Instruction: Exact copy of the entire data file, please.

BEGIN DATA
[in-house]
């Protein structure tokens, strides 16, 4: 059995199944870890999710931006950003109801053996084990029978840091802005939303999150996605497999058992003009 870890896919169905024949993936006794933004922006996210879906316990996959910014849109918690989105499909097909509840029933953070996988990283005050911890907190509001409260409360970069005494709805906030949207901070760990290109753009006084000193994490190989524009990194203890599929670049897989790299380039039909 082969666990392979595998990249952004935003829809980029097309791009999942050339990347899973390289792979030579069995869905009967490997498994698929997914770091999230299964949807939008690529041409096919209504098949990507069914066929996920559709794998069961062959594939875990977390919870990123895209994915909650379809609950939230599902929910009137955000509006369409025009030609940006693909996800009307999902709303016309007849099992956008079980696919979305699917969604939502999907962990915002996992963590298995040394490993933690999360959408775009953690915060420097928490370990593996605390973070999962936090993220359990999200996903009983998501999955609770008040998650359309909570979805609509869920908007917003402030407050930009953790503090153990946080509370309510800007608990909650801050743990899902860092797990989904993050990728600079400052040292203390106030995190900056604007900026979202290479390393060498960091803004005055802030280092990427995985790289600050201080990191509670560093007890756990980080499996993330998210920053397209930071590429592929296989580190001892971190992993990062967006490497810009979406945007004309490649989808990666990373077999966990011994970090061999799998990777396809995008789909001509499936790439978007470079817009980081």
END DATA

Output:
[in-house]
């Protein structure tokens, strides 16, 4: 059995199944870890999710931006950003109801053996084990029978840091802005939303999150996605497999058992003009 870890896919169905024949993936006794933004922006996210879906316990996959910014849109918690989105499909097909509840029933953070996988990283005050911890907190509001409260409360970069005494709805906030949207901070760990290109753009006084000193994490190989524009990194203890599929670049897989790299380039039909 082969666990392979595998990249952004935003829809980029097309791009999942050339990347899973390289792979030579069995869905009967490997498994698929997914770091999230299964949807939008690529041409096919209504098949990507069914066929996920559709794998069961062959594939875990977390919870990123895209994915909650379809609950939230599902929910009137955000509006369409025009030609940006693909996800009307999902709303016309007849099992956008079980696919979305699917969604939502999907962990915002996992963590298995040394490993933690999360959408775009953690915060420097928490370990593996605390973070999962936090993220359990999200996903009983998501999955609770008040998650359309909570979805609509869920908007917003402030407050930009953790503090153990946080509370309510800007608990909650801050743990899902860092797990989904993050990728600079400052040292203390106030995190900056604007900026979202290479390393060498960091803004005055802030280092990427995985790289600050201080990191509670560093007890756990980080499996993330998210920053397209930071590429592929296989580190001892971190992993990062967006490497810009979406945007004309490649989808990666990373077999966990011994970090061999799998990777396809995008789909001509499936790439978007470079817009980081």